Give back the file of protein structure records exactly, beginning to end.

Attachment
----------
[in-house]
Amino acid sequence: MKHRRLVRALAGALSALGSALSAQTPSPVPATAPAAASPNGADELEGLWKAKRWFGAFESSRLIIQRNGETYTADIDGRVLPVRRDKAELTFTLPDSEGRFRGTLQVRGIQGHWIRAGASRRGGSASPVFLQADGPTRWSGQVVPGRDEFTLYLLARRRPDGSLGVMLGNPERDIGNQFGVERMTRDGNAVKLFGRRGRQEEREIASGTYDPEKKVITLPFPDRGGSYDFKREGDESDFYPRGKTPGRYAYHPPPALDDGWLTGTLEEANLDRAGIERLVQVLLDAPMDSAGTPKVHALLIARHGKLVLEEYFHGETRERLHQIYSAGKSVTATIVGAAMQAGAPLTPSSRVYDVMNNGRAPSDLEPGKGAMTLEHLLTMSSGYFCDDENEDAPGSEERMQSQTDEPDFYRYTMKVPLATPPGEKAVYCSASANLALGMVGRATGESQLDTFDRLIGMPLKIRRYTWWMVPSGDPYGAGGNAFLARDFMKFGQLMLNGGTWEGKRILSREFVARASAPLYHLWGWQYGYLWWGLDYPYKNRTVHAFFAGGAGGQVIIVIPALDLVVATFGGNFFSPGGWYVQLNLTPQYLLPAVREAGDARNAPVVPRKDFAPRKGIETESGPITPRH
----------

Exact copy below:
[in-house]
Amino acid sequence: MKHRRLVRALAGALSALGSALSAQTPSPVPATAPAAASPNGADELEGLWKAKRWFGAFESSRLIIQRNGETYTADIDGRVLPVRRDKAELTFTLPDSEGRFRGTLQVRGIQGHWIRAGASRRGGSASPVFLQADGPTRWSGQVVPGRDEFTLYLLARRRPDGSLGVMLGNPERDIGNQFGVERMTRDGNAVKLFGRRGRQEEREIASGTYDPEKKVITLPFPDRGGSYDFKREGDESDFYPRGKTPGRYAYHPPPALDDGWLTGTLEEANLDRAGIERLVQVLLDAPMDSAGTPKVHALLIARHGKLVLEEYFHGETRERLHQIYSAGKSVTATIVGAAMQAGAPLTPSSRVYDVMNNGRAPSDLEPGKGAMTLEHLLTMSSGYFCDDENEDAPGSEERMQSQTDEPDFYRYTMKVPLATPPGEKAVYCSASANLALGMVGRATGESQLDTFDRLIGMPLKIRRYTWWMVPSGDPYGAGGNAFLARDFMKFGQLMLNGGTWEGKRILSREFVARASAPLYHLWGWQYGYLWWGLDYPYKNRTVHAFFAGGAGGQVIIVIPALDLVVATFGGNFFSPGGWYVQLNLTPQYLLPAVREAGDARNAPVVPRKDFAPRKGIETESGPITPRH